It goes without saying, but life in another country is going to be quite different. You can’t avoid it, and most likely you don’t want to avoid it if you’re reading this. Yet it can be a transformative interaction if you take the intentional, pensive effort to engage with your host culture.
This summer, I am participating on a service-learning program. A part of this experience is your placement with an organization to volunteer with, in my case, a Microenterprise NGO. You’ll spend a large chunk of your time at work, so it would help to have an idea of what the daily routine looks like in another country.
During my preparation to be a service-learning participant in Chile, I tried to study up on the history of the region and ask people what life is like there, but there was no real way of knowing what to expect. As a student just finishing up an 8-week Service-Learning program in Chile, I realized that perhaps my experience could be of some use.
I’d like to walk you through a usual day for a typical Service-learning student. I hope it helps you mentally prepare, and in the end encourages you to make the jump to participate in service-learning or intern abroad! Keep in mind that every situation is unique, so my experience will be different from yours… but ultimately, an important skill every study abroad student should come away with is learning to be flexible enough to adjust to sudden changes, because they will happen.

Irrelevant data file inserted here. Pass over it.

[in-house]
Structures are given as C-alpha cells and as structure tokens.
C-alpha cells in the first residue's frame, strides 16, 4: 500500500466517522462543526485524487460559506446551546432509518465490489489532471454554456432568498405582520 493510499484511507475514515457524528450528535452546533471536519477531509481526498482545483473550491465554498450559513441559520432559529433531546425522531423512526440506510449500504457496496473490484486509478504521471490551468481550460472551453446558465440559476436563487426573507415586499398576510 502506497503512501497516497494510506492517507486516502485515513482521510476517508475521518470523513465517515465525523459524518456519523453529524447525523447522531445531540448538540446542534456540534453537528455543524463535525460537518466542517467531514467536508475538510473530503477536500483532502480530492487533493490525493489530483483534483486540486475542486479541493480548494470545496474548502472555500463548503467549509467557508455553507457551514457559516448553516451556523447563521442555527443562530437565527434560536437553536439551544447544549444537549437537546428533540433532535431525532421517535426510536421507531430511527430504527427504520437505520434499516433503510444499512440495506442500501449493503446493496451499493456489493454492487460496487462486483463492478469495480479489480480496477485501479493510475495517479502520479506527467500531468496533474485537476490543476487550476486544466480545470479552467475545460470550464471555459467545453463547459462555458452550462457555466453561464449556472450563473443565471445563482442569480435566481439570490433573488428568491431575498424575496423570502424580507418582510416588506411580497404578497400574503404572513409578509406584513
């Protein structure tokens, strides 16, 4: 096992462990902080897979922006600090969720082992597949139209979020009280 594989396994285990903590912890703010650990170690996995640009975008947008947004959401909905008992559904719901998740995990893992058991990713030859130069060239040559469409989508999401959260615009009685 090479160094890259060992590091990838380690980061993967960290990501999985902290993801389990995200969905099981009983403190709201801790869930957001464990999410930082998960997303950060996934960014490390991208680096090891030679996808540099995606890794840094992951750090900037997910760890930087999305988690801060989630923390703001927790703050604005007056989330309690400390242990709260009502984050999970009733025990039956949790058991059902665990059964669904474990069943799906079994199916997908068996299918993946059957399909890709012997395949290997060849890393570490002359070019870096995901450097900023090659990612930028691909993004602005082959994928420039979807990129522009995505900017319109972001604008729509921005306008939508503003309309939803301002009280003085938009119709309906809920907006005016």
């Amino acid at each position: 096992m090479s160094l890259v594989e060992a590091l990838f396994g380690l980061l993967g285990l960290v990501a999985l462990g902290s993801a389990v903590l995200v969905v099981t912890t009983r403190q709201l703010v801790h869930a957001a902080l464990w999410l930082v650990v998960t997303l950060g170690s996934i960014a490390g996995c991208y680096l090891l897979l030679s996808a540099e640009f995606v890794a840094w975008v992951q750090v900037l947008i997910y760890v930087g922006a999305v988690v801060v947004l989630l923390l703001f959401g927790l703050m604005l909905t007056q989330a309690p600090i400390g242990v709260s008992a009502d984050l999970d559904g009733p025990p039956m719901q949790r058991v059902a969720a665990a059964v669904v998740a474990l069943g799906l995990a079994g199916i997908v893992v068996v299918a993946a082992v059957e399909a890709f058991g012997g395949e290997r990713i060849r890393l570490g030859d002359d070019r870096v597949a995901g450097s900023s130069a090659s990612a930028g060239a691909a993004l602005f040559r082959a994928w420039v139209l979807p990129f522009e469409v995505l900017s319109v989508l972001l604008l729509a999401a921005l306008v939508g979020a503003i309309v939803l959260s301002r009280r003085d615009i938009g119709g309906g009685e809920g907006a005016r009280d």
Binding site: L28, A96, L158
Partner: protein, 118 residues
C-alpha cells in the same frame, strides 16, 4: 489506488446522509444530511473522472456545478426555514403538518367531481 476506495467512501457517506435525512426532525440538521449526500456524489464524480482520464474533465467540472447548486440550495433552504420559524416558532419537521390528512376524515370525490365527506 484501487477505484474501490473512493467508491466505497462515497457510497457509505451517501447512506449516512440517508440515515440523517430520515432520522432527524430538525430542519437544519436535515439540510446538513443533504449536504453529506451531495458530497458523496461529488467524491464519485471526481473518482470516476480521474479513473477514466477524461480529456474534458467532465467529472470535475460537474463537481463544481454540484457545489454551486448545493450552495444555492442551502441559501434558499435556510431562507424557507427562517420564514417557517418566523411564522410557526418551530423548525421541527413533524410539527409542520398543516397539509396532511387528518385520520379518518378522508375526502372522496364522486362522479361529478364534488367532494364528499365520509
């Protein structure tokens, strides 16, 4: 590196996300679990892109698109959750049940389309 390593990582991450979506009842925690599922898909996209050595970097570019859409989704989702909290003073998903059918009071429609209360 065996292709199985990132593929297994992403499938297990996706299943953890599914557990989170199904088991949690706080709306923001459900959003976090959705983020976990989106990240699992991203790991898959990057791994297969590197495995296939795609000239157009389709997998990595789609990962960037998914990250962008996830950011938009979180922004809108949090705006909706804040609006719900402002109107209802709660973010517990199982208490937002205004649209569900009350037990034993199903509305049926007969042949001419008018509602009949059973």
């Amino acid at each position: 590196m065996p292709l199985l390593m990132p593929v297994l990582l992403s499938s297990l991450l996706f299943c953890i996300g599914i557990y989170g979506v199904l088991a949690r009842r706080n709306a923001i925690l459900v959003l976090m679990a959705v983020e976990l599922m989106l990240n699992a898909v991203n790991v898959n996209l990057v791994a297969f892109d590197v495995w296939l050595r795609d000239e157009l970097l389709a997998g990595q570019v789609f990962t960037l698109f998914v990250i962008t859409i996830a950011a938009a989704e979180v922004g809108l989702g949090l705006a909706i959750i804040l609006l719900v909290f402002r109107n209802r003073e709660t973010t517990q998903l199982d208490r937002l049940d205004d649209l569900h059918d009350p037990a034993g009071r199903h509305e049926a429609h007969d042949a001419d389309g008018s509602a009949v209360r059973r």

A Chilean morning usually starts at about 8 or 9, depending on when you have work. On my first day at my host organization, I was able to choose the most appropriate and convenient hours when signing the contract, so I start at 10 am. I’ll usually get up and downstairs shortly after 9 am in time to eat breakfast and catch a Micro (small bus) from my Cerro (hilltop neighborhood region) to work. My mom would always prepare the night before a mug of hot chocolate mix with leche en polvo (powdered milk), along with a sandwich and some fruit.
I get off the Micro near work in the downtown business district, and ring to be buzzed into our office building. My organization, Accion Emprendedora, works out of a refurbished old English-style building with vaulted ceilings and old wood floors. I absolutely love it. We have the chance to work with entrepreneurs to achieve their dreams and develop their enterprises, and this summer it was my role as a service-learning participant to teach them English.
After saying hi to everyone, I start setting up with the other participants in the nearby conference room, and get to work on preparing classes or entering data. My particular placement is a bit more relaxed with what you are supposed to work on, but you are expected to work hard and be available to talk with your coworkers. Sometimes I prepare a class while others work on inputting data, and the rest of the time I teach an English class with another service-learning participant. These classes are an amazing chance to engage and learn how to better communicate with others. I come up against a lot of challenges, yet have a lot of small victories such as talking at an appropriate speed and using both English and Spanish to help someone understand a new concept. These fun moments make all of the effort worth it, and the difficulties helped me grow professionally as a teacher and a linguist.